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## Chapter summary

Presentation: VPecu

• Sound waves are longitudinal waves

• The frequency of a sound is an indication of how high or low the pitch of the sound is.

• The human ear can hear frequencies from 20 to $$\text{20 000}$$ $$\text{Hz}$$. Infrasound waves have frequencies lower than $$\text{20}$$ $$\text{Hz}$$. Ultrasound waves have frequencies higher than $$\text{20 000}$$ $$\text{Hz}$$.

• The amplitude of a sound determines its loudness or volume.

• The tone is a measure of the quality of a sound wave.

• The speed of sound in air is around $$\text{340}$$ $$\text{m·s^{-1}}$$. It is dependent on the temperature, height above sea level and the phase of the medium through which it is travelling.

• Sound travels faster when the medium is hot.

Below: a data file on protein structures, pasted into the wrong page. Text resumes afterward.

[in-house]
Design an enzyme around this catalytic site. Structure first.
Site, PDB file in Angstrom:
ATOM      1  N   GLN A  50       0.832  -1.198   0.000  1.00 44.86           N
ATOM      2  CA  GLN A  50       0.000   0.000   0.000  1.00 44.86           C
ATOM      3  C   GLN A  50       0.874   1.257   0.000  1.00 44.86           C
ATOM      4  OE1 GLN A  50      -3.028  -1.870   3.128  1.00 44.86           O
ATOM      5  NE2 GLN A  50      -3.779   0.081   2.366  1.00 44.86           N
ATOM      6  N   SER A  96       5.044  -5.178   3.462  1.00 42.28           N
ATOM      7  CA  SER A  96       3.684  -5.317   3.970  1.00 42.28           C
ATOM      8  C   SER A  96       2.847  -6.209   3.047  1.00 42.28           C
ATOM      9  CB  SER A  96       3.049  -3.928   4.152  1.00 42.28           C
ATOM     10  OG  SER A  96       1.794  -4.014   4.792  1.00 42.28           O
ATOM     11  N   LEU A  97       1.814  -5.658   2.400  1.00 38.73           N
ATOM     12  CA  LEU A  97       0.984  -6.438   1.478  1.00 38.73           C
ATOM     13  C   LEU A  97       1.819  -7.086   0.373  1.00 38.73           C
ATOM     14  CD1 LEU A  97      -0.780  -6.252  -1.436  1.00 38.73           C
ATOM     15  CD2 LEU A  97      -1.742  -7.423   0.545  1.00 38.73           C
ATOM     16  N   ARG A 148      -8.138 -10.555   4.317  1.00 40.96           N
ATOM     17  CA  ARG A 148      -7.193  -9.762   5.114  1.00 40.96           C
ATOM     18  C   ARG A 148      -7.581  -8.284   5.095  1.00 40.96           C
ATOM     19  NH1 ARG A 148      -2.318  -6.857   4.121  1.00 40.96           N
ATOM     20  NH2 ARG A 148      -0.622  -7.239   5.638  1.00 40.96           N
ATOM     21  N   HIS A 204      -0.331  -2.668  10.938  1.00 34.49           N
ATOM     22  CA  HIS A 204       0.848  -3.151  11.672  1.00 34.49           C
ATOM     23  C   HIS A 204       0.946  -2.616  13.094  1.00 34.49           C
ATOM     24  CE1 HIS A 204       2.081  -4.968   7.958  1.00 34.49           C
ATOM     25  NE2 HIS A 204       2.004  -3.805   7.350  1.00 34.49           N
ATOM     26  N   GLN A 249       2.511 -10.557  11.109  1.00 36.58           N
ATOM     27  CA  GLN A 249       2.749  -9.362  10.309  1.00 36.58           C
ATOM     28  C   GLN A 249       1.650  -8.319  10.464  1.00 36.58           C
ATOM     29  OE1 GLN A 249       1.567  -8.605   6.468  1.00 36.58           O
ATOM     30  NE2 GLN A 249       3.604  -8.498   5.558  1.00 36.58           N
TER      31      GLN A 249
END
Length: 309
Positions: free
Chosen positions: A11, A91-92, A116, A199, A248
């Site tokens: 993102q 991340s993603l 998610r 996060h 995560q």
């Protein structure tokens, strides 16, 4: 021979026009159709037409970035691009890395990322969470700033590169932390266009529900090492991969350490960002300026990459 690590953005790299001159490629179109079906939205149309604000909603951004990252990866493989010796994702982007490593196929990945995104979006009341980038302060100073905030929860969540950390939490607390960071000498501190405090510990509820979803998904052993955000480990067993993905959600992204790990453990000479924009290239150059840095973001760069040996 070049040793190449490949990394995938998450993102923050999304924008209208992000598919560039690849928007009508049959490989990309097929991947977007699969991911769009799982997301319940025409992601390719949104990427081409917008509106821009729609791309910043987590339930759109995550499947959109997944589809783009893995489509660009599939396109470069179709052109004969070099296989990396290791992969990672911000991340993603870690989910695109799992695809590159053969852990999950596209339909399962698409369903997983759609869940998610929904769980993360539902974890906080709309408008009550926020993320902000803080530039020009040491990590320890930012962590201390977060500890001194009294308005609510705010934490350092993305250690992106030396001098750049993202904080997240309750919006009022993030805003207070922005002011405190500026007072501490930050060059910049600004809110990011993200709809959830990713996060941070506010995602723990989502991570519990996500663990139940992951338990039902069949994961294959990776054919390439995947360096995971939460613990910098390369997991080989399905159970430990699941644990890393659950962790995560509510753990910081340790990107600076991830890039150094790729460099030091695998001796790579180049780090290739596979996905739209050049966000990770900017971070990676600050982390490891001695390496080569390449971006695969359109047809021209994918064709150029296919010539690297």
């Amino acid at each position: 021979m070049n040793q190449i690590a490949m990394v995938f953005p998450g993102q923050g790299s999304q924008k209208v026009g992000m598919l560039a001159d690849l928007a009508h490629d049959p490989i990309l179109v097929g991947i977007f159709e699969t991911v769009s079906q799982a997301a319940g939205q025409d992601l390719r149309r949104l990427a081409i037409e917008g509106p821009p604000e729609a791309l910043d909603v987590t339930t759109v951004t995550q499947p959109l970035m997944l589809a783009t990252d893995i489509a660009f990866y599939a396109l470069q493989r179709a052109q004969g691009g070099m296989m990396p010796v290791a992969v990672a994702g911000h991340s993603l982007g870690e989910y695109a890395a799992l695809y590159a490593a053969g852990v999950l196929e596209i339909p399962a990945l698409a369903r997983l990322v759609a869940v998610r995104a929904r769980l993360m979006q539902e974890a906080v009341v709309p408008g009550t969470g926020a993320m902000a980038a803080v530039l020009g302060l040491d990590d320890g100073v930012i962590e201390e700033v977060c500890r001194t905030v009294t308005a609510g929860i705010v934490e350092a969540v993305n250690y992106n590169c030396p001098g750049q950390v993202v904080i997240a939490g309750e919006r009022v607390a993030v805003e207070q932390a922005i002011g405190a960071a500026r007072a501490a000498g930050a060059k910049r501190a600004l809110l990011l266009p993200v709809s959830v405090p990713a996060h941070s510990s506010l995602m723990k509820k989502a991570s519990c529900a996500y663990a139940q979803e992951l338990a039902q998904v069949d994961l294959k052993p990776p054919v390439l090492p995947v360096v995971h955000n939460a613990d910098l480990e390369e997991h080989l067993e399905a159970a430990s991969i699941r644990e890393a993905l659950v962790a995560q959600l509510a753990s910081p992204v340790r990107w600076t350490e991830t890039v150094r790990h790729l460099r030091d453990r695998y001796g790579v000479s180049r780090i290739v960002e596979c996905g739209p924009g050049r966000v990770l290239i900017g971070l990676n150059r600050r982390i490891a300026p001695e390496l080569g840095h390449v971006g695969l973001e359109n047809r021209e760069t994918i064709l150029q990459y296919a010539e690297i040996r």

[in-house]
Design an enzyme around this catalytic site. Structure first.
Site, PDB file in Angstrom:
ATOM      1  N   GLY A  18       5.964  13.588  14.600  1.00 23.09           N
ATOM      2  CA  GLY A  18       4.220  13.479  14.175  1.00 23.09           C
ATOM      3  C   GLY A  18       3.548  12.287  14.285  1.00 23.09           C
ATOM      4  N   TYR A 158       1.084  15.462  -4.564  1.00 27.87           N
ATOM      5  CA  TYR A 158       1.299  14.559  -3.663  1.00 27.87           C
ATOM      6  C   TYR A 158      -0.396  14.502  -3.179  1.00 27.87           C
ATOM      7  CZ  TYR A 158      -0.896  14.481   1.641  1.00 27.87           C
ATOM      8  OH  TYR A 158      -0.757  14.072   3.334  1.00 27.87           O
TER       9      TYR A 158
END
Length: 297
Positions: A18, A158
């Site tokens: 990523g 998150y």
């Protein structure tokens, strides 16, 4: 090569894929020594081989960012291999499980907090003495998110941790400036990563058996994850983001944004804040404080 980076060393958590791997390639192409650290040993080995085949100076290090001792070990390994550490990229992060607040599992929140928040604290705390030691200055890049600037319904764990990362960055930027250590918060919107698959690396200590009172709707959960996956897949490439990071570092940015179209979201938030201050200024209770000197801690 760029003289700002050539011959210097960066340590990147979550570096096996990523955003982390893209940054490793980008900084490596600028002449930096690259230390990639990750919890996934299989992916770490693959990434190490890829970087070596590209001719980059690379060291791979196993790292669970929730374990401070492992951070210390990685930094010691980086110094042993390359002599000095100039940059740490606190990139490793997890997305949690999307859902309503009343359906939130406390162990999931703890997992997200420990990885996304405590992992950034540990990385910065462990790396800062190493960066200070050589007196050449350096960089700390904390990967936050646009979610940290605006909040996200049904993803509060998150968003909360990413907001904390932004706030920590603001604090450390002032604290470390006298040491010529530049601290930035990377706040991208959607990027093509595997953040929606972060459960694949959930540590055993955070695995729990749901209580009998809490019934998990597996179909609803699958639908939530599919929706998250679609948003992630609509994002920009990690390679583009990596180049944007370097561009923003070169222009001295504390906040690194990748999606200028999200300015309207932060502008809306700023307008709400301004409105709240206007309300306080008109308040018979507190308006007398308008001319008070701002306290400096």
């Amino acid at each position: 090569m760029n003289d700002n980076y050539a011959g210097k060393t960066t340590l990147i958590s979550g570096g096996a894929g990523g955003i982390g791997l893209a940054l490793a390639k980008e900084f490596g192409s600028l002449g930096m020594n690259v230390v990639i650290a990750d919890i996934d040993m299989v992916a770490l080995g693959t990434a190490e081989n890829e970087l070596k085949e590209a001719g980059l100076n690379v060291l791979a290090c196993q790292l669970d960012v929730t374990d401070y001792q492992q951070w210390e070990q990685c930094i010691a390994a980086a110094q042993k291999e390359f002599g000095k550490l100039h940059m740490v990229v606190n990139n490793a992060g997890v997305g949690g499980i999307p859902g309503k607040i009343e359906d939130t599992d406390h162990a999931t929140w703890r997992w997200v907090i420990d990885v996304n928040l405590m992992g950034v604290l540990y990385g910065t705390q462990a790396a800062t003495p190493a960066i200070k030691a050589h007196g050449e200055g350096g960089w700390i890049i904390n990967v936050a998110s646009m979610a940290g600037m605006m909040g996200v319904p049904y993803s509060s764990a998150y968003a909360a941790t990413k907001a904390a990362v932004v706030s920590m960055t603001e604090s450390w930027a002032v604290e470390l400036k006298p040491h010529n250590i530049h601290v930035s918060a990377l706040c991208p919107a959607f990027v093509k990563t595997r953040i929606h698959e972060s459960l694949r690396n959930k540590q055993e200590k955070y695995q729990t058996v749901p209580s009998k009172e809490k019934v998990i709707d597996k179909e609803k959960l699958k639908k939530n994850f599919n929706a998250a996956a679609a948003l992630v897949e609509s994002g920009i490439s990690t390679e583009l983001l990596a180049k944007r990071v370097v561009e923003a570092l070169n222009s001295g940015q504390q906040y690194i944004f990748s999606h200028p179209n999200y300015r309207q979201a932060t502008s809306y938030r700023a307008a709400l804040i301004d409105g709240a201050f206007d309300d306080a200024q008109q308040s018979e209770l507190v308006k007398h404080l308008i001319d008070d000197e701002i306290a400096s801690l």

• Sound travels faster in a solid than a liquid and faster in a liquid than in a gas.

• Sound travels faster at sea level where the air pressure is higher.

• The intensity of a sound is the energy transmitted over a certain area. Intensity is a measure of frequency.

• Ultrasound can be used to form pictures of things we cannot see, like unborn babies or tumours.

• Echolocation is used by animals such as dolphins and bats to “see” their surroundings by using ultrasound.

• Ships use sonar to determine how deep the ocean is or to locate shoals of fish.

 Physical Quantities Quantity Unit name Unit symbol Velocity (v) metre per second $$\text{m·s^{-1}}$$ Wavelength (λ) metre m Amplitude (A) metre m Period (T) second s Frequency (f) hertz Hz ($$\text{s^{-1}}$$)

Table 10.6: Units used in sound